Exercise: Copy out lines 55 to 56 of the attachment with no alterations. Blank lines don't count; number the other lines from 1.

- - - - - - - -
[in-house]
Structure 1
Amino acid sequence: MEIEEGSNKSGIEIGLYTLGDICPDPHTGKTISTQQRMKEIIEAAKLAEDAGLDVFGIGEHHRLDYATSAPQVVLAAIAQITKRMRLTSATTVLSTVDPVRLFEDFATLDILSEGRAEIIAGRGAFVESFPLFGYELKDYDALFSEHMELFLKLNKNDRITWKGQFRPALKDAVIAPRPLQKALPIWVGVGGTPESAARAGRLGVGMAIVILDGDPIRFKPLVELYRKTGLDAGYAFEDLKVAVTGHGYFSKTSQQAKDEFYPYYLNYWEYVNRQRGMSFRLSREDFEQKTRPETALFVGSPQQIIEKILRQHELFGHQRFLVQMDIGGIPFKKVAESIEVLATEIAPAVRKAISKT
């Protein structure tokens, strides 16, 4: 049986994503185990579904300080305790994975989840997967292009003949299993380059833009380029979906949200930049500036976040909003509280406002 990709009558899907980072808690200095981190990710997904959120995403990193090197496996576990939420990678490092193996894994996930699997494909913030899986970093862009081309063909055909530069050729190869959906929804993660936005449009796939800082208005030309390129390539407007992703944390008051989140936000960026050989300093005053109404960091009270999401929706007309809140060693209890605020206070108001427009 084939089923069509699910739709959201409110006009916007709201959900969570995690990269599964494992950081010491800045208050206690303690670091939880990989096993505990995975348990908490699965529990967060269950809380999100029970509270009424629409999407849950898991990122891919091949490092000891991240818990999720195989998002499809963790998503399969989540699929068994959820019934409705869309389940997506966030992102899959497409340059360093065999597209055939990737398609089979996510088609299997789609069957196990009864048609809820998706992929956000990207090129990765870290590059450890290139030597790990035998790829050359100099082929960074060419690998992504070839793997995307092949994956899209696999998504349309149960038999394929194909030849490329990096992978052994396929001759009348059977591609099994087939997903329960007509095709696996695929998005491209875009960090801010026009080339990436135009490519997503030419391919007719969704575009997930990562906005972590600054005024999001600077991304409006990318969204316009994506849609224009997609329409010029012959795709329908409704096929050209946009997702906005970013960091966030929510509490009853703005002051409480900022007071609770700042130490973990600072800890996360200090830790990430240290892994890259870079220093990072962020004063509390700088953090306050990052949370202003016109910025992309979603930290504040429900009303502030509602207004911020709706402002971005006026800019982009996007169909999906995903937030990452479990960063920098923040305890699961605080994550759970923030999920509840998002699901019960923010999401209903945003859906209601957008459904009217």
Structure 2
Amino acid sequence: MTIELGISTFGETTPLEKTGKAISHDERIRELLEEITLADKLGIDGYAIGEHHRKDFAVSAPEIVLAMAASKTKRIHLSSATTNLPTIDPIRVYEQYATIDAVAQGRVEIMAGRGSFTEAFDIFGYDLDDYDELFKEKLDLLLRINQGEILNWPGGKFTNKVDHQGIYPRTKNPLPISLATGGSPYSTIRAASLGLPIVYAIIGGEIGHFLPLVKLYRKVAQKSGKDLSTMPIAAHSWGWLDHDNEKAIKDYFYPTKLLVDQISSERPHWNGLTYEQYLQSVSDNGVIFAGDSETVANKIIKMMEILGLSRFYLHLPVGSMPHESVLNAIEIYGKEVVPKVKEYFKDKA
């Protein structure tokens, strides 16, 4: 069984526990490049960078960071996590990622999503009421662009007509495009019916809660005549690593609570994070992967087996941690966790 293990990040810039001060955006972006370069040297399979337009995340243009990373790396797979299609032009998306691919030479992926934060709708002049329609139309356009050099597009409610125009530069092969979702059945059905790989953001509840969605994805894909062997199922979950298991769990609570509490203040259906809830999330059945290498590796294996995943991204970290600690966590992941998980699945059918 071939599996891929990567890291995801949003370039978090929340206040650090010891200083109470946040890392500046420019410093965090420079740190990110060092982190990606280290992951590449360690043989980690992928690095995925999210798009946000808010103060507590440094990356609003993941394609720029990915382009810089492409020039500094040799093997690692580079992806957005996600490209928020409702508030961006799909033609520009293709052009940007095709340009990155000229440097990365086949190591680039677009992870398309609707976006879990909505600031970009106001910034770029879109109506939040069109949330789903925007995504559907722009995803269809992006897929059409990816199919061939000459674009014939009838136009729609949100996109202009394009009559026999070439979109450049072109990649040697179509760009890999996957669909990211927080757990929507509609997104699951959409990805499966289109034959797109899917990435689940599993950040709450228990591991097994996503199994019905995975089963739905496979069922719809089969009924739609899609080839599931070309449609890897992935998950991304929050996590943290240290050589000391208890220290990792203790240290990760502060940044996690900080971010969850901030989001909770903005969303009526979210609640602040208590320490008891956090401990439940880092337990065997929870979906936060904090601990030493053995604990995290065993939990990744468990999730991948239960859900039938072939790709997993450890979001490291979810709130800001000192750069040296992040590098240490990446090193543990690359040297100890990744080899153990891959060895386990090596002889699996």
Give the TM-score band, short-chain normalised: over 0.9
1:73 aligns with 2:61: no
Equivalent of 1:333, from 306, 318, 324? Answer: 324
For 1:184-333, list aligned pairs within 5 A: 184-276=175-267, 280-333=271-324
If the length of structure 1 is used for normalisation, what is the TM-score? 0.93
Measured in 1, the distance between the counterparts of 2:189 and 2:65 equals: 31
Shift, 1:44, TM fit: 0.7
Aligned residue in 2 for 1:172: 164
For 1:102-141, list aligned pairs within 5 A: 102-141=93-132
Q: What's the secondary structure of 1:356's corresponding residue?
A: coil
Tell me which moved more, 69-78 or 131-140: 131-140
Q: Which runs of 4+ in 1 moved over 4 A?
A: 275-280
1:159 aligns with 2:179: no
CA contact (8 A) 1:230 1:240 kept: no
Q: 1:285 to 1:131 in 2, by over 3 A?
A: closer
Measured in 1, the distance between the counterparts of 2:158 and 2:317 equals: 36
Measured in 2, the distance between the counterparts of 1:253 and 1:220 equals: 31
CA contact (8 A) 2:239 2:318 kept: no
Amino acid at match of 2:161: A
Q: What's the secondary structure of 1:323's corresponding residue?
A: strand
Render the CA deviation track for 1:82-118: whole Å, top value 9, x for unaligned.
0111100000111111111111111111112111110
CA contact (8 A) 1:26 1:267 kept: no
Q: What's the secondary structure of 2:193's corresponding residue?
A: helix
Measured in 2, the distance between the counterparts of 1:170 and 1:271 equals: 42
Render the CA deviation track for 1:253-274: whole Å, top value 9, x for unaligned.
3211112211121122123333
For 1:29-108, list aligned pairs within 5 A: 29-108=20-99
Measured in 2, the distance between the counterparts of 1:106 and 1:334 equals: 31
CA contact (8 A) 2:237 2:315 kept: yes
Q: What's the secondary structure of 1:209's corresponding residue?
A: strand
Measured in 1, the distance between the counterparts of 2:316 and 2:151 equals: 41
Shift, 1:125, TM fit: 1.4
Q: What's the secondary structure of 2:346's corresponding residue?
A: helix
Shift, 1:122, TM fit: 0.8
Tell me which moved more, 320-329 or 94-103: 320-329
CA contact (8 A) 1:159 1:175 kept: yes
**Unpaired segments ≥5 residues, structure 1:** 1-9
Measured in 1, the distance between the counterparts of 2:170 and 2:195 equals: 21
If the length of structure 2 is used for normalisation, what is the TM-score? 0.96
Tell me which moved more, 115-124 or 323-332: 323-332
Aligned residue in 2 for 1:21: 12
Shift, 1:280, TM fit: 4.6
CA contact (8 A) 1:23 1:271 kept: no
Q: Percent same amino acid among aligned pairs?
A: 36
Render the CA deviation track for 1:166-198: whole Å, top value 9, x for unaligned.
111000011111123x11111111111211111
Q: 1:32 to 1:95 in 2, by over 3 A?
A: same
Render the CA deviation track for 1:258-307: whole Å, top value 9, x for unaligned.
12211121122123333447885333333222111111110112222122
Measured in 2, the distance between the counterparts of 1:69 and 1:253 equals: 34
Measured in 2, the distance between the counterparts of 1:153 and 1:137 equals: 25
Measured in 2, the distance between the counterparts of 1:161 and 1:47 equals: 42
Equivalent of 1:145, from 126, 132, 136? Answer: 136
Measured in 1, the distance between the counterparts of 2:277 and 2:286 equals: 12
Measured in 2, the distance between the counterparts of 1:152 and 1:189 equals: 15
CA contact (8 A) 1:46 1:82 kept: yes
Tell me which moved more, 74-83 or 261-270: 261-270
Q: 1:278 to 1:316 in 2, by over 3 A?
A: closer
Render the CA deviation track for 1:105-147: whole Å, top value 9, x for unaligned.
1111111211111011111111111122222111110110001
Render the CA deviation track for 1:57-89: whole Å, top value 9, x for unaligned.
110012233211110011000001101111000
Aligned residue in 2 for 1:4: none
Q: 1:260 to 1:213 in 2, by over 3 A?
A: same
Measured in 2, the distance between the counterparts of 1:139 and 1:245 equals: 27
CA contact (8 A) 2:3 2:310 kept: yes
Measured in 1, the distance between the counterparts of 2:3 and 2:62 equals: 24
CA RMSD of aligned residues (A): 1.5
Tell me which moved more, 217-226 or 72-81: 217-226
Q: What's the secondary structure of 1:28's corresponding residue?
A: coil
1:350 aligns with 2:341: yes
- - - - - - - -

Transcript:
Tell me which moved more, 115-124 or 323-332: 323-332
Aligned residue in 2 for 1:21: 12